the coderef that should be removed during tangling, this is most
useful for removing comments and trailing whitespace.

* lisp/ox.el (org-export-resolve-coderef)
and (org-export-unravel-code): use org babel info to
correctly match the coderef format for each block.

This commit adds support for three new src block header arguments,
:coderef-format :coderef-prefix and :coderef-tangle. :coderef-format
has the same behavior has the org src switch -l and :coderef-tangle
has the same behavior as org src switch -r. :coderef-prefix provides
new functionality and makes it possible to set the regexp for text
leading up to the coderef. In particular this can be used to strip
comments, which are required if authoring an org file that works with
older versions of org.
---
 lisp/ob-core.el   | 43 +--
 lisp/ob-tangle.el | 18 +++---
 lisp/ol.el| 17 +++--
 lisp/org-src.el   |  5 +++--
 lisp/ox.el| 15 +++
 5 files changed, 61 insertions(+), 37 deletions(-)

diff --git a/lisp/ob-core.el b/lisp/ob-core.el
index 2e78ac3e6..feb6f2235 100644
--- a/lisp/ob-core.el
+++ b/lisp/ob-core.el
@@ -76,7 +76,7 @@
 (declare-function org-previous-block "org" (arg  block-regexp))
 (declare-function org-show-context "org" ( key))
 (declare-function org-src-coderef-format "org-src" ( element))
-(declare-function org-src-coderef-regexp "org-src" (fmt  label))
+(declare-function org-src-coderef-regexp "org-src" (fmt  label rx-prefix))
 (declare-function org-src-get-lang-mode "org-src" (lang))
 (declare-function org-table-align "org-table" ())
 (declare-function org-table-convert-region "org-table" (beg0 end0  separator))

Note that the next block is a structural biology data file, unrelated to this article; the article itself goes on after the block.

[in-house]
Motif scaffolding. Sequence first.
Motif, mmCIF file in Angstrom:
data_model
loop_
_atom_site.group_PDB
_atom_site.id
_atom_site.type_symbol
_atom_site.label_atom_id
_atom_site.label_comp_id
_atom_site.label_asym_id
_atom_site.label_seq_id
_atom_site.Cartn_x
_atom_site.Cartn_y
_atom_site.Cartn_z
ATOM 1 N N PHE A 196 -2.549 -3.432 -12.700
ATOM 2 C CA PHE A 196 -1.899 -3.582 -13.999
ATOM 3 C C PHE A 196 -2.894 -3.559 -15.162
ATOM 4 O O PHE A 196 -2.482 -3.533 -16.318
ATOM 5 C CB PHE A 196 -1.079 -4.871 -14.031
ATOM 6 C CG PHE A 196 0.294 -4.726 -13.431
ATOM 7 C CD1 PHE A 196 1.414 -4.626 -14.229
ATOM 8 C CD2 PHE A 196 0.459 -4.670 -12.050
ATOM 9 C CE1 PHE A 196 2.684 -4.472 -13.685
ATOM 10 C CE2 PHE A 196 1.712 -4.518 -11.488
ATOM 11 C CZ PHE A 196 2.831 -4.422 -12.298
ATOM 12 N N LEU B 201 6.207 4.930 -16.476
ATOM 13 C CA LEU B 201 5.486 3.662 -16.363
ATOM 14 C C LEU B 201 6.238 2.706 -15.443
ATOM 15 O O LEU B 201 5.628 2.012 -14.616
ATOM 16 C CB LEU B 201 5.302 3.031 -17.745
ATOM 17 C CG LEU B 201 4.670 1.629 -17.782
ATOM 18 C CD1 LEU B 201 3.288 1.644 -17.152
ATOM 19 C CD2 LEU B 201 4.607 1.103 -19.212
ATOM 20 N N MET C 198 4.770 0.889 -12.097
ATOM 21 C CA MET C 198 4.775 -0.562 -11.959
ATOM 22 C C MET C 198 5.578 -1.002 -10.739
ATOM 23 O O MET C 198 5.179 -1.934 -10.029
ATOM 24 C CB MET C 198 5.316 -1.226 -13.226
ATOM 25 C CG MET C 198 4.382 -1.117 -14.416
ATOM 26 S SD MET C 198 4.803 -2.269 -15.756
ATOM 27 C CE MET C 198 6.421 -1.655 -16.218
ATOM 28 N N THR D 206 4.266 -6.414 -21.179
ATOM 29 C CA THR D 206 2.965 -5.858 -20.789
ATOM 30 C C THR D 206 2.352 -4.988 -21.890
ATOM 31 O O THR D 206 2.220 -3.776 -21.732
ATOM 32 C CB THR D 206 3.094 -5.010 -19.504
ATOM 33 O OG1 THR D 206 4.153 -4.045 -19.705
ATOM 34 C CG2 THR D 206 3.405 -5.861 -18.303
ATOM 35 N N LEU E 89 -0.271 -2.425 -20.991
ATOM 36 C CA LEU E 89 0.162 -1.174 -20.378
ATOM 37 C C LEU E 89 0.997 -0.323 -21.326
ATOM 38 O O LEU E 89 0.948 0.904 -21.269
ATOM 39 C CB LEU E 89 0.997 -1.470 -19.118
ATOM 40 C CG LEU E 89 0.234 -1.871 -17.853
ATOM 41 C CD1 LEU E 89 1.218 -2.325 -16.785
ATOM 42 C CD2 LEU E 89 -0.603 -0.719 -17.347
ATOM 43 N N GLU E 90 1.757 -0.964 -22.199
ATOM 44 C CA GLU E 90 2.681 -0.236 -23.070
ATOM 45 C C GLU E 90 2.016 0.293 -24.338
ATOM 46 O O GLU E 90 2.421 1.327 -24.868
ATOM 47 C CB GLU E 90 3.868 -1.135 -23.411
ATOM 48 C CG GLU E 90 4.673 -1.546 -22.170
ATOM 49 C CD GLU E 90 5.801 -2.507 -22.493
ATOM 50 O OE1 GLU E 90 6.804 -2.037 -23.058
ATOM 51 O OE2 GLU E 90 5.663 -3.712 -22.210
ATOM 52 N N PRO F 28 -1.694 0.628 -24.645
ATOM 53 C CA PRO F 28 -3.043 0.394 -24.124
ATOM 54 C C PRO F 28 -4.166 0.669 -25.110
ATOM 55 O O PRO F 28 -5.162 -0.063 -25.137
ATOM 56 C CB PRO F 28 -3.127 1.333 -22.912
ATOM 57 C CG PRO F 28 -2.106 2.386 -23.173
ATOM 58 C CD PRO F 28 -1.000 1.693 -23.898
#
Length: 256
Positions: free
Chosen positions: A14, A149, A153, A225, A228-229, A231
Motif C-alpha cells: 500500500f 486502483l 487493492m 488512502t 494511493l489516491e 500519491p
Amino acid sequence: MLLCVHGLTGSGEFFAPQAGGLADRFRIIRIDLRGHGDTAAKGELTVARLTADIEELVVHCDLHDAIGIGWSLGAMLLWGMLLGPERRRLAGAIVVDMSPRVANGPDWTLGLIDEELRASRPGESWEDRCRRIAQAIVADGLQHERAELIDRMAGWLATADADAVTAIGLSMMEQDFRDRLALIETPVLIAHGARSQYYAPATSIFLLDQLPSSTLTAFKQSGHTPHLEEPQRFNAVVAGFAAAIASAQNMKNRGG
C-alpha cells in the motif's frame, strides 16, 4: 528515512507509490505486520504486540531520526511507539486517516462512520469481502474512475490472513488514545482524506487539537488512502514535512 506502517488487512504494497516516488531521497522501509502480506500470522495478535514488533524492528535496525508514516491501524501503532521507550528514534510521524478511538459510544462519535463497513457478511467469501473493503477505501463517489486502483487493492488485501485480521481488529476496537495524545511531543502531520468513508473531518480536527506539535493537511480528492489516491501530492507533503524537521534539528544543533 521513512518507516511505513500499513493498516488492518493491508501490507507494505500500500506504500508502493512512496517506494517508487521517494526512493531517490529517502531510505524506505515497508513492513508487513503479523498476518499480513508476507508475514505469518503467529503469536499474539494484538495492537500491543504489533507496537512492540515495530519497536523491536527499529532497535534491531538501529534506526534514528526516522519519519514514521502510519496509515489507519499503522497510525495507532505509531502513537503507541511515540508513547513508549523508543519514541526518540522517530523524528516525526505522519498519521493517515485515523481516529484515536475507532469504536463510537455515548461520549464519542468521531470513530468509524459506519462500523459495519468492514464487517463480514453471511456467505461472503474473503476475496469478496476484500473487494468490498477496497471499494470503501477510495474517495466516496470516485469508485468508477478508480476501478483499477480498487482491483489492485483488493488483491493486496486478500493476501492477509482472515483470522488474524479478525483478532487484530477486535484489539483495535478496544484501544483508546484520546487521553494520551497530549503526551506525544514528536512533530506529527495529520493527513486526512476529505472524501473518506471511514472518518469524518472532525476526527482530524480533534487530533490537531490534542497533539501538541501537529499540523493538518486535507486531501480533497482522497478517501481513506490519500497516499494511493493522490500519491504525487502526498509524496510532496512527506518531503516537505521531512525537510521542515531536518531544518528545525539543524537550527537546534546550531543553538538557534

@@ -392,6 +392,9 @@ then run `org-babel-switch-to-session'."
 (defconst org-babel-common-header-args-w-values
   '((cache	. ((no yes)))
 (cmdline	. :any)
+(coderef-format . :any)
+(coderef-prefix . :any)
+(coderef-tangle . ((nil yes no)))
 (colnames	. ((nil no yes)))
 (comments	. ((no link yes org both noweb)))
 (dir	. :any)
@@ -434,7 +437,8 @@ Note that individual languages may define their own language
 specific header arguments as well.")
 
 (defconst org-babel-safe-header-args
-  '(:cache :colnames :comments :exports :epilogue :hlines :noeval
+  '(:cache :coderef-format :coderef-prefix :coderef-tangle
+   :colnames :comments :exports :epilogue :hlines :noeval
 	   :noweb :noweb-ref :noweb-sep :padline :prologue :rownames
 	   :sep :session :tangl

Re: Bug: inconsistent escaping of coderef regexp

2021-04-04 Thread Tom Gillespie
Hi Nicolas,
After a bit of investigation I understand the issue better now.
There are two problems here. One is an easy single line change,
the other is a deeper issue, which is that it is impossible for the
user to specify their own coderef regexp that can be used in both
cases. No matter what change we make we are likely to break